NU Online News Service, March 12, 2004, 5:59 p.m. EST – Regulators had better make sure that national association health plans have enough cash and other resources to pay claims.[@@]
Mila Kofman, Eliza Bangit and Kevin Lucia, researchers at Georgetown University, give that assessment in a paper on single-state “multiple employer welfare arrangements” and the implications for congressional proposals to allow groups to form national MEWAs, or association health plans.
Today, large and midsize employers can form self-funded health plans that are exempt from most state health insurance regulations.
Most small employers have to buy coverage from state-regulated health insurers, but some states let employers try to save money by teaming up to form self-funded plans that serve more than one company.
Regulators in California, Michigan and Oklahoma have found that they often end up having to rescue single-state MEWAs from financial problems, the Georgetown researchers report.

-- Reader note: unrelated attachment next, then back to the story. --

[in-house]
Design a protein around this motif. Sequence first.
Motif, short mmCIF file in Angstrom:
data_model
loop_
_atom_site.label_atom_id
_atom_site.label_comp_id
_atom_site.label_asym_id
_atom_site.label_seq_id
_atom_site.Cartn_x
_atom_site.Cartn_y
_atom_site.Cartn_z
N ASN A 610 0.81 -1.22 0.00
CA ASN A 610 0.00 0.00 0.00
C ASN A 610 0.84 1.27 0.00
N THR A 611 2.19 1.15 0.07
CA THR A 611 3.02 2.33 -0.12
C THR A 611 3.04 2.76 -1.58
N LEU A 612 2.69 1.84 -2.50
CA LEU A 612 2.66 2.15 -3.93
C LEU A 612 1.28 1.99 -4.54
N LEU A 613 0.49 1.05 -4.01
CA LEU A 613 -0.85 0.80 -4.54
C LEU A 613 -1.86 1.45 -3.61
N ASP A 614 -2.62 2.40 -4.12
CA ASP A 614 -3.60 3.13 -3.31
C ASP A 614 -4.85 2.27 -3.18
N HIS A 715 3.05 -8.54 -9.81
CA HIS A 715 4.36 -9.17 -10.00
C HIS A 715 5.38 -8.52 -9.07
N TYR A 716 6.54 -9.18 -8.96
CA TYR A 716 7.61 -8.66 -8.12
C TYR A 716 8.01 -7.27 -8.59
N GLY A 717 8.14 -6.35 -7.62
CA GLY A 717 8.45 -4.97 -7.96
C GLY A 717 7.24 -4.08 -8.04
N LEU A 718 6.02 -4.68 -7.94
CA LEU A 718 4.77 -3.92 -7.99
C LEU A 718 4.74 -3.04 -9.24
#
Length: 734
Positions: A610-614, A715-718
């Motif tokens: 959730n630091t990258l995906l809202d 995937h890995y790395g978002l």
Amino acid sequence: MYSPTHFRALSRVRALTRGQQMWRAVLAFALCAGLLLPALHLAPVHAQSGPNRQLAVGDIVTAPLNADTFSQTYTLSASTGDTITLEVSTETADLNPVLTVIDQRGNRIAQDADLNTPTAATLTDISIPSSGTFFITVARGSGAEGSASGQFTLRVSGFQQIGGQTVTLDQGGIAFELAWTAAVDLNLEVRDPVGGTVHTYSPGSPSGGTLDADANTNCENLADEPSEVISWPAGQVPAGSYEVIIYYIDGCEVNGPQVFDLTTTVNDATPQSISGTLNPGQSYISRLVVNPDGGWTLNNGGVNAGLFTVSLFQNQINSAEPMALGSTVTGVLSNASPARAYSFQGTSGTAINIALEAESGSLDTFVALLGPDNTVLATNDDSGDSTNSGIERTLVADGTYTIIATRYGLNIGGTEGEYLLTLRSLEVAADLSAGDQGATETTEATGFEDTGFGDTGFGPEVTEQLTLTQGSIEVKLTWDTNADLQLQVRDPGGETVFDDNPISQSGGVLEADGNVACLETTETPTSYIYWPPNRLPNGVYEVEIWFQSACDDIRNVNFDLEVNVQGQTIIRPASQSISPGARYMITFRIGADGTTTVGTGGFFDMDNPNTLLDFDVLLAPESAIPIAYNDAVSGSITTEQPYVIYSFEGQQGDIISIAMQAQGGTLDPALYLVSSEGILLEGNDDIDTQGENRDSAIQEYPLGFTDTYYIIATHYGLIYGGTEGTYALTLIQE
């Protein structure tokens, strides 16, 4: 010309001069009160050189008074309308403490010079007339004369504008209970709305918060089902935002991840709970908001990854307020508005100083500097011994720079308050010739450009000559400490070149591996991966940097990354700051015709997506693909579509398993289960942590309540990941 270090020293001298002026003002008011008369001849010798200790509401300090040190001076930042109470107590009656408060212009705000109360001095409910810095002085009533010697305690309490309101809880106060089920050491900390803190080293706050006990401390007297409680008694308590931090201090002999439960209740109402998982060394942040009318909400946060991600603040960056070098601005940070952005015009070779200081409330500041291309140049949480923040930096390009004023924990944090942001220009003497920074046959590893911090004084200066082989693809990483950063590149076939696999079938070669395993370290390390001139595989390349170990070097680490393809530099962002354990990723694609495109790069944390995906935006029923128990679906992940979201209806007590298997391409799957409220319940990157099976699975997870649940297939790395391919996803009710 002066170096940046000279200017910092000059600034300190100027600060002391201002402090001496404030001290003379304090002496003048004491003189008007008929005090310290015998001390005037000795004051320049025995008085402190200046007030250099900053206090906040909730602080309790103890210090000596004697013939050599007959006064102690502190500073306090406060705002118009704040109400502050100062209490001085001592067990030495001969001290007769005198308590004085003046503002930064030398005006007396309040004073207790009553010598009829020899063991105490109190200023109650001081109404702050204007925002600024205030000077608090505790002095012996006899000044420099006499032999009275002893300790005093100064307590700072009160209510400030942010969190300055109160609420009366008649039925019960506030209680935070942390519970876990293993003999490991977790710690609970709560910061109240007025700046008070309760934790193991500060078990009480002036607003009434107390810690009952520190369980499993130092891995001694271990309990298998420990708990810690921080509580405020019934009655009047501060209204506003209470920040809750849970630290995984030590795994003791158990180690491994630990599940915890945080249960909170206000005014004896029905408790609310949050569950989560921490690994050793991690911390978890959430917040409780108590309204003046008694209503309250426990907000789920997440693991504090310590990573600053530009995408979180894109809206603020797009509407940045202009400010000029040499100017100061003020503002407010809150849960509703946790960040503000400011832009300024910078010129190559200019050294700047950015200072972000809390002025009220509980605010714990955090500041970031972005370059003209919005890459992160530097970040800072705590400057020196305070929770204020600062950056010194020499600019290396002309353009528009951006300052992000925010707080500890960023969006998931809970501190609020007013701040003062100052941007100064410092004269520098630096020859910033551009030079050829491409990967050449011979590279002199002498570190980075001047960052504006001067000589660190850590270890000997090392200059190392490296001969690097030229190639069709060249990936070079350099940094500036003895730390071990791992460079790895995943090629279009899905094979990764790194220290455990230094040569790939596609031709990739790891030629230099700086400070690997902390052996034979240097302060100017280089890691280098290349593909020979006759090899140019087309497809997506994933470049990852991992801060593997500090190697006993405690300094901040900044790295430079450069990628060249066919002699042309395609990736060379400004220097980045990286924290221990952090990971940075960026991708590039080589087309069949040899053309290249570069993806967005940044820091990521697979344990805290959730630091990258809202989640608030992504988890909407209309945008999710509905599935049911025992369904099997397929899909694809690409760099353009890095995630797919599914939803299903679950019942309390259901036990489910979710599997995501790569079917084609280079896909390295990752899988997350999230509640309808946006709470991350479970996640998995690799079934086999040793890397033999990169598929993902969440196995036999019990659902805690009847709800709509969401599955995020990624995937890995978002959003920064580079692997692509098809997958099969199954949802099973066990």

Regulators cope with MEWA crises by persuading licensed insurers to take over, pressing the professional and trade groups that back the MEWAs to make up for shortfalls, and asking the sponsoring groups to keep doctors and hospitals from going after patients to collect on claims that were supposed to be paid by the MEWAs, the researchers write.
To some extent, the researchers write, the participating employers are getting what they pay for.
“On one hand, weaker standards than the ones applicable to insurers may make the health insurance offered by associations less expensive,” the researchers write. “On the other hand, lower solvency requirements increase the risk of financial failure?. State and federal policymakers seeking to encourage new self-insured group purchasing arrangements must recognize that sacrificing solvency to save costs puts employers and workers at great risk.”